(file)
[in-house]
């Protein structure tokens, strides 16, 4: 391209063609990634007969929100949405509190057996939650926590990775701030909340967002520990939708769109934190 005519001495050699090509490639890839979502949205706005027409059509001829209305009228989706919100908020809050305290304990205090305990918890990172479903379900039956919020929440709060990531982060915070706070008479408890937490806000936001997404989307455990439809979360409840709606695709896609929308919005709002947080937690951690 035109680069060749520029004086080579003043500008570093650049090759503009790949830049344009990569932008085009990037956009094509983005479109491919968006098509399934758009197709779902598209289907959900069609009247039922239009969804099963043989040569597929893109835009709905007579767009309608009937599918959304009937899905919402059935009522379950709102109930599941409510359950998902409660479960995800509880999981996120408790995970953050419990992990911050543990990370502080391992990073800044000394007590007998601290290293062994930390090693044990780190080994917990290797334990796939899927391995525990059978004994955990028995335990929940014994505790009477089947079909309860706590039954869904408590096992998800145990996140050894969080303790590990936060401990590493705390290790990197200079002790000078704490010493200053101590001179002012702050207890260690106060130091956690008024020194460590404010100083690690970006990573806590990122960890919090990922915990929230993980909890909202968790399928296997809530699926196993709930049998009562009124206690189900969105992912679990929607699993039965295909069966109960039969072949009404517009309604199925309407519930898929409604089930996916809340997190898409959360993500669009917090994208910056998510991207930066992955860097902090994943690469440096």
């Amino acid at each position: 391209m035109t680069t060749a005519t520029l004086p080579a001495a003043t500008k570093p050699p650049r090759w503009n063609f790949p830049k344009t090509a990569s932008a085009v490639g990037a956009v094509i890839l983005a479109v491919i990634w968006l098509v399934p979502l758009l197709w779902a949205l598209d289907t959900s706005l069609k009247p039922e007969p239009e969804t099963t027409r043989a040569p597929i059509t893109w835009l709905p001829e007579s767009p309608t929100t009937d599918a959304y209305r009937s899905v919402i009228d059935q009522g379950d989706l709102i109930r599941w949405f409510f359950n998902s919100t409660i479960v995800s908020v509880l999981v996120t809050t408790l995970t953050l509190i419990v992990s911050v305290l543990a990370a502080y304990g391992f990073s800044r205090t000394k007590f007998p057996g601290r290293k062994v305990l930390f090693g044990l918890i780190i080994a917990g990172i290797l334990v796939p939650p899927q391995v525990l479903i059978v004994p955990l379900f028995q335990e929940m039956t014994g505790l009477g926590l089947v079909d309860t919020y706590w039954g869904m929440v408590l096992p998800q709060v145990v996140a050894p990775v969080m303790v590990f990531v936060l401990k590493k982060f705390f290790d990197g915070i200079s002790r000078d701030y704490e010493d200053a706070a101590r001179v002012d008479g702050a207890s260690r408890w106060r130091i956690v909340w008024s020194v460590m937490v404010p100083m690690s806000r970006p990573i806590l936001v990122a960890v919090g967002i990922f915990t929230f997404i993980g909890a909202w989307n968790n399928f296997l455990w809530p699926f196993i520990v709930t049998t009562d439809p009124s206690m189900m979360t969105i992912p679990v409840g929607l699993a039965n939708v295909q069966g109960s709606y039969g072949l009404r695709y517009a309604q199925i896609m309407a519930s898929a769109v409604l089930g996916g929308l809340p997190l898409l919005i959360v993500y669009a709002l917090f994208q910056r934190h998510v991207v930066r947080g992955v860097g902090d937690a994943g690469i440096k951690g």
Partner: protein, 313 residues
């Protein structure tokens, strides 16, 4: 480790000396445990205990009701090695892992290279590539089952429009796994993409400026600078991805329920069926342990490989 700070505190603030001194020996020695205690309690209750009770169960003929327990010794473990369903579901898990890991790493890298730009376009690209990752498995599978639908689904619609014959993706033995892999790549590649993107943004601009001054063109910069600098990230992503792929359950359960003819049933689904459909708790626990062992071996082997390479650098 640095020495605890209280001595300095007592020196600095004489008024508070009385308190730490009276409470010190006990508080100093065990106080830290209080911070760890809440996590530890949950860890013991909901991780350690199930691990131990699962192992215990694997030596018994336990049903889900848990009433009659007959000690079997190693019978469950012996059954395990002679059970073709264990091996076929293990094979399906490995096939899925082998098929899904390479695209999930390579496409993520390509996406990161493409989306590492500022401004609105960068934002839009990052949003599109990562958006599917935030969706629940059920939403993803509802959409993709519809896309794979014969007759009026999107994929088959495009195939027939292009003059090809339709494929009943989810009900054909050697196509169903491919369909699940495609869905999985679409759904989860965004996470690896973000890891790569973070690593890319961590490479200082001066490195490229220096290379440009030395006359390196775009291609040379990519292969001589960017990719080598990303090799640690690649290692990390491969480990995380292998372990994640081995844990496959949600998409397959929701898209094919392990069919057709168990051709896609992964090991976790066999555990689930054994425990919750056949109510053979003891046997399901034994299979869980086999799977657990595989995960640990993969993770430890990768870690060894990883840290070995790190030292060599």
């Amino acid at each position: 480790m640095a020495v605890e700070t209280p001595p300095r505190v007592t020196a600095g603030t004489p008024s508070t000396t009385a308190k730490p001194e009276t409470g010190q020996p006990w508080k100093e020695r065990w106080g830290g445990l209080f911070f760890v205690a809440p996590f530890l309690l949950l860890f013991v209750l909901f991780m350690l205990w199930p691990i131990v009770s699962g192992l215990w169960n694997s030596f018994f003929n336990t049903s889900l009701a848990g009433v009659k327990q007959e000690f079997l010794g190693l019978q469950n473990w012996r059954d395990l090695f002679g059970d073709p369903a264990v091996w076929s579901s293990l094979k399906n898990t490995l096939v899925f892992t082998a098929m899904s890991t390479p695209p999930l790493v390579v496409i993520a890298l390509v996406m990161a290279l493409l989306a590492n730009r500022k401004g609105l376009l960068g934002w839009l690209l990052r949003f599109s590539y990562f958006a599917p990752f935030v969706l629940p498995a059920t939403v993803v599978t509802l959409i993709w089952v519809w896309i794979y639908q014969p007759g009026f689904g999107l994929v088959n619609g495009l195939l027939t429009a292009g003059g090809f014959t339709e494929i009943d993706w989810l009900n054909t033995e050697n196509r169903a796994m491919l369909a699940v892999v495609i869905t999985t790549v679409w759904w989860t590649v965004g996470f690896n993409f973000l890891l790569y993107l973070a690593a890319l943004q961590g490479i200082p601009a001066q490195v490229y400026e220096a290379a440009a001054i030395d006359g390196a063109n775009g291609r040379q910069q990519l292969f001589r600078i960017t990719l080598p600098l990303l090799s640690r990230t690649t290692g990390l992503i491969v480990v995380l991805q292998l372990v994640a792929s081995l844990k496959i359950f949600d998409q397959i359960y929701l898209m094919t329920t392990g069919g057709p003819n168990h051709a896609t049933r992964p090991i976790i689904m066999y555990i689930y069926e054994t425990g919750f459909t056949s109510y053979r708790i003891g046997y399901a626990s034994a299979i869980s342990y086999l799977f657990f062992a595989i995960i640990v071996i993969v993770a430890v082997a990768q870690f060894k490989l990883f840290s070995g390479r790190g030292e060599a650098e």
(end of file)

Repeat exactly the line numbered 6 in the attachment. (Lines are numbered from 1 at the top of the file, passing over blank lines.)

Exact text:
């Amino acid at each position: 480790m640095a020495v605890e700070t209280p001595p300095r505190v007592t020196a600095g603030t004489p008024s508070t000396t009385a308190k730490p001194e009276t409470g010190q020996p006990w508080k100093e020695r065990w106080g830290g445990l209080f911070f760890v205690a809440p996590f530890l309690l949950l860890f013991v209750l909901f991780m350690l205990w199930p691990i131990v009770s699962g192992l215990w169960n694997s030596f018994f003929n336990t049903s889900l009701a848990g009433v009659k327990q007959e000690f079997l010794g190693l019978q469950n473990w012996r059954d395990l090695f002679g059970d073709p369903a264990v091996w076929s579901s293990l094979k399906n898990t490995l096939v899925f892992t082998a098929m899904s890991t390479p695209p999930l790493v390579v496409i993520a890298l390509v996406m990161a290279l493409l989306a590492n730009r500022k401004g609105l376009l960068g934002w839009l690209l990052r949003f599109s590539y990562f958006a599917p990752f935030v969706l629940p498995a059920t939403v993803v599978t509802l959409i993709w089952v519809w896309i794979y639908q014969p007759g009026f689904g999107l994929v088959n619609g495009l195939l027939t429009a292009g003059g090809f014959t339709e494929i009943d993706w989810l009900n054909t033995e050697n196509r169903a796994m491919l369909a699940v892999v495609i869905t999985t790549v679409w759904w989860t590649v965004g996470f690896n993409f973000l890891l790569y993107l973070a690593a890319l943004q961590g490479i200082p601009a001066q490195v490229y400026e220096a290379a440009a001054i030395d006359g390196a063109n775009g291609r040379q910069q990519l292969f001589r600078i960017t990719l080598p600098l990303l090799s640690r990230t690649t290692g990390l992503i491969v480990v995380l991805q292998l372990v994640a792929s081995l844990k496959i359950f949600d998409q397959i359960y929701l898209m094919t329920t392990g069919g057709p003819n168990h051709a896609t049933r992964p090991i976790i689904m066999y555990i689930y069926e054994t425990g919750f459909t056949s109510y053979r708790i003891g046997y399901a626990s034994a299979i869980s342990y086999l799977f657990f062992a595989i995960i640990v071996i993969v993770a430890v082997a990768q870690f060894k490989l990883f840290s070995g390479r790190g030292e060599a650098e």